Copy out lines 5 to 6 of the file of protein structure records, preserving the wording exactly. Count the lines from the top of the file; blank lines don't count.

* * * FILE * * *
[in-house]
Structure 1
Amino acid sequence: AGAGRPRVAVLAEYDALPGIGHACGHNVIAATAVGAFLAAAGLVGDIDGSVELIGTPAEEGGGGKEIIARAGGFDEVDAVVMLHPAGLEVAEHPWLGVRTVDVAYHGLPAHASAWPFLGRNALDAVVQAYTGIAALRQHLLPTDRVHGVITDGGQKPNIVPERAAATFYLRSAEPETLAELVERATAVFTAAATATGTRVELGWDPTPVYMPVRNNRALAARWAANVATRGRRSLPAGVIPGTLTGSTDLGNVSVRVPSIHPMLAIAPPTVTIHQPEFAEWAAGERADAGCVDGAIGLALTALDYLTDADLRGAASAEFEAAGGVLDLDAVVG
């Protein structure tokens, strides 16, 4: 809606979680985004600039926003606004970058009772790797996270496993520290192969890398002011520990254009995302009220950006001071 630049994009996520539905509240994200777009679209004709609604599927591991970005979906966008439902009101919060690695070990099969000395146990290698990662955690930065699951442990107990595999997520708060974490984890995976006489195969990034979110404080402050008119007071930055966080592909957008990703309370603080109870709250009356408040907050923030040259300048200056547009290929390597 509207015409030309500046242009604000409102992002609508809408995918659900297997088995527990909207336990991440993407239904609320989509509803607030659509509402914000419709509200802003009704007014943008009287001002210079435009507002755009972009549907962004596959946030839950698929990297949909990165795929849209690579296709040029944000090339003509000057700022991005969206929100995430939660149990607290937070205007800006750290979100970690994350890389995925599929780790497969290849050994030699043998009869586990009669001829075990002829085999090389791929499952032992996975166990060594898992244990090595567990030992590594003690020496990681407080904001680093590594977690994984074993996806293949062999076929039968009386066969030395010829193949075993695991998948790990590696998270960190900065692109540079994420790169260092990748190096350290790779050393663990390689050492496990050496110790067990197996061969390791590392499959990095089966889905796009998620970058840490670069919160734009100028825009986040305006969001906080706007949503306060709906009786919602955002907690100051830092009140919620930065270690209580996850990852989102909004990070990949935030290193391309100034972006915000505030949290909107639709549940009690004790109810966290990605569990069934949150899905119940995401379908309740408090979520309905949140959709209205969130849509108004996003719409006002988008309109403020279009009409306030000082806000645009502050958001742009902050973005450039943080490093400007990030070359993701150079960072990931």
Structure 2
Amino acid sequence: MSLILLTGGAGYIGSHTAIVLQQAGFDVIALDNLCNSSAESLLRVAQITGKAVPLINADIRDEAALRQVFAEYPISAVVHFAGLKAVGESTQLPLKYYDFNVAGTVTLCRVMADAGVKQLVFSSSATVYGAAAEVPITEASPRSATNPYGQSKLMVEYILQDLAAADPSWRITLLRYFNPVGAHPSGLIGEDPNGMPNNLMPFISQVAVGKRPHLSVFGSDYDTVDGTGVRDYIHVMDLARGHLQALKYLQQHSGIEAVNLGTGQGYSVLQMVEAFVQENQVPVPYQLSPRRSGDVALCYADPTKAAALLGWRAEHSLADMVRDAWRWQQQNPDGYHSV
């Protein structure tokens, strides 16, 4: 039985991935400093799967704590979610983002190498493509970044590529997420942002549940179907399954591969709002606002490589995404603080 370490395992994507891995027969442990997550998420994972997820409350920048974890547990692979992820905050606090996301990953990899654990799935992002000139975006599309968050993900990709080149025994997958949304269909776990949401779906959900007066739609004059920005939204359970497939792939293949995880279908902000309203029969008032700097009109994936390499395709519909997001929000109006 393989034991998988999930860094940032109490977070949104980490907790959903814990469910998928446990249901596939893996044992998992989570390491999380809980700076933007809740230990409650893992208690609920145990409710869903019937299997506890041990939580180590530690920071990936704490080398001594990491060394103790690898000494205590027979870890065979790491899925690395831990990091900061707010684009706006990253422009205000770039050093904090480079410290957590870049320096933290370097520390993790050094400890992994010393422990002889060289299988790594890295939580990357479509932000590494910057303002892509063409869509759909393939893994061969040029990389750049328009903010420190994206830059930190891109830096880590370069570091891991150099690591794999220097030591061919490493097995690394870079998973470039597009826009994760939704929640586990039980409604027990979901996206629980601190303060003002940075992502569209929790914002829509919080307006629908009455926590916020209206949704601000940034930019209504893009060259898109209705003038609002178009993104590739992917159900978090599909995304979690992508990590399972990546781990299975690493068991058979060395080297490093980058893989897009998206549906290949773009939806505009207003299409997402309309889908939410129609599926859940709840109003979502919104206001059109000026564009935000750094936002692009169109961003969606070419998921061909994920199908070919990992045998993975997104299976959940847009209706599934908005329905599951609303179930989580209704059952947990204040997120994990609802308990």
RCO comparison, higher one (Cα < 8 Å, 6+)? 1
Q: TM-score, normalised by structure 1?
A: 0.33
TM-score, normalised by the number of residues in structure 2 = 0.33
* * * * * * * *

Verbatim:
Structure 2
Amino acid sequence: MSLILLTGGAGYIGSHTAIVLQQAGFDVIALDNLCNSSAESLLRVAQITGKAVPLINADIRDEAALRQVFAEYPISAVVHFAGLKAVGESTQLPLKYYDFNVAGTVTLCRVMADAGVKQLVFSSSATVYGAAAEVPITEASPRSATNPYGQSKLMVEYILQDLAAADPSWRITLLRYFNPVGAHPSGLIGEDPNGMPNNLMPFISQVAVGKRPHLSVFGSDYDTVDGTGVRDYIHVMDLARGHLQALKYLQQHSGIEAVNLGTGQGYSVLQMVEAFVQENQVPVPYQLSPRRSGDVALCYADPTKAAALLGWRAEHSLADMVRDAWRWQQQNPDGYHSV